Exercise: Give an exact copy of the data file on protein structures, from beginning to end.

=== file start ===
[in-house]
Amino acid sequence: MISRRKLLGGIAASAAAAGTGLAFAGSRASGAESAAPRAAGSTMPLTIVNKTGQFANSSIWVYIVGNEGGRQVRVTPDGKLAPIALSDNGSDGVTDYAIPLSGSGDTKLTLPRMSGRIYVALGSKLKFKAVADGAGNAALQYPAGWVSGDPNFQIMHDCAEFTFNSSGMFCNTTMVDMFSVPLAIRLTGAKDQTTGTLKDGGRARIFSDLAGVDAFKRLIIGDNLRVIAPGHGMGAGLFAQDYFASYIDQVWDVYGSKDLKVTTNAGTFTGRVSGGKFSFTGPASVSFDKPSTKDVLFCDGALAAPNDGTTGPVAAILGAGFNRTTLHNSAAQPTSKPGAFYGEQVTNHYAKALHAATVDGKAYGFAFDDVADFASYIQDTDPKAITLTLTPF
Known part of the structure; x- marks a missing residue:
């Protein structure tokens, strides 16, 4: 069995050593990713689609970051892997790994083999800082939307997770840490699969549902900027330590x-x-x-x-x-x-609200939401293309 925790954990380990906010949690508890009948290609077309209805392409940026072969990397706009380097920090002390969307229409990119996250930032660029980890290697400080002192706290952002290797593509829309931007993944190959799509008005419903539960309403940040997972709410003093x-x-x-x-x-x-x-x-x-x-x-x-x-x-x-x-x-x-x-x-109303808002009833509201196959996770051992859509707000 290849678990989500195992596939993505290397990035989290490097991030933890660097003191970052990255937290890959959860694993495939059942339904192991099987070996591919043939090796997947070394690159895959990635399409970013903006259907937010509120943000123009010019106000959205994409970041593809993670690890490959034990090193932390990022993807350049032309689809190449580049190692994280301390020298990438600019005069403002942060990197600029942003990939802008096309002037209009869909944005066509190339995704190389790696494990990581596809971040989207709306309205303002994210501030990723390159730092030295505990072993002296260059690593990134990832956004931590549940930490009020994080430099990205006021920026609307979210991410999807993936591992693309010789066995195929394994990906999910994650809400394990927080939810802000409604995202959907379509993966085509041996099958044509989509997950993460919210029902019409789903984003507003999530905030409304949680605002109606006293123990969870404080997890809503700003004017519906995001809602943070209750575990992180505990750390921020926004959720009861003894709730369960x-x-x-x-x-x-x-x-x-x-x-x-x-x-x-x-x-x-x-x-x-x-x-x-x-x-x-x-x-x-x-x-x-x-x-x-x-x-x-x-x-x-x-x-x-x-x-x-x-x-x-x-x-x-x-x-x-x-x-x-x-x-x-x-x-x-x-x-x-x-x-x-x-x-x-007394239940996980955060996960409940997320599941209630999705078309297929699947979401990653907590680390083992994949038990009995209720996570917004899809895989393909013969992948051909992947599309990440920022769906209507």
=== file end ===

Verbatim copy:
[in-house]
Amino acid sequence: MISRRKLLGGIAASAAAAGTGLAFAGSRASGAESAAPRAAGSTMPLTIVNKTGQFANSSIWVYIVGNEGGRQVRVTPDGKLAPIALSDNGSDGVTDYAIPLSGSGDTKLTLPRMSGRIYVALGSKLKFKAVADGAGNAALQYPAGWVSGDPNFQIMHDCAEFTFNSSGMFCNTTMVDMFSVPLAIRLTGAKDQTTGTLKDGGRARIFSDLAGVDAFKRLIIGDNLRVIAPGHGMGAGLFAQDYFASYIDQVWDVYGSKDLKVTTNAGTFTGRVSGGKFSFTGPASVSFDKPSTKDVLFCDGALAAPNDGTTGPVAAILGAGFNRTTLHNSAAQPTSKPGAFYGEQVTNHYAKALHAATVDGKAYGFAFDDVADFASYIQDTDPKAITLTLTPF
Known part of the structure; x- marks a missing residue:
């Protein structure tokens, strides 16, 4: 069995050593990713689609970051892997790994083999800082939307997770840490699969549902900027330590x-x-x-x-x-x-609200939401293309 925790954990380990906010949690508890009948290609077309209805392409940026072969990397706009380097920090002390969307229409990119996250930032660029980890290697400080002192706290952002290797593509829309931007993944190959799509008005419903539960309403940040997972709410003093x-x-x-x-x-x-x-x-x-x-x-x-x-x-x-x-x-x-x-x-109303808002009833509201196959996770051992859509707000 290849678990989500195992596939993505290397990035989290490097991030933890660097003191970052990255937290890959959860694993495939059942339904192991099987070996591919043939090796997947070394690159895959990635399409970013903006259907937010509120943000123009010019106000959205994409970041593809993670690890490959034990090193932390990022993807350049032309689809190449580049190692994280301390020298990438600019005069403002942060990197600029942003990939802008096309002037209009869909944005066509190339995704190389790696494990990581596809971040989207709306309205303002994210501030990723390159730092030295505990072993002296260059690593990134990832956004931590549940930490009020994080430099990205006021920026609307979210991410999807993936591992693309010789066995195929394994990906999910994650809400394990927080939810802000409604995202959907379509993966085509041996099958044509989509997950993460919210029902019409789903984003507003999530905030409304949680605002109606006293123990969870404080997890809503700003004017519906995001809602943070209750575990992180505990750390921020926004959720009861003894709730369960x-x-x-x-x-x-x-x-x-x-x-x-x-x-x-x-x-x-x-x-x-x-x-x-x-x-x-x-x-x-x-x-x-x-x-x-x-x-x-x-x-x-x-x-x-x-x-x-x-x-x-x-x-x-x-x-x-x-x-x-x-x-x-x-x-x-x-x-x-x-x-x-x-x-x-007394239940996980955060996960409940997320599941209630999705078309297929699947979401990653907590680390083992994949038990009995209720996570917004899809895989393909013969992948051909992947599309990440920022769906209507």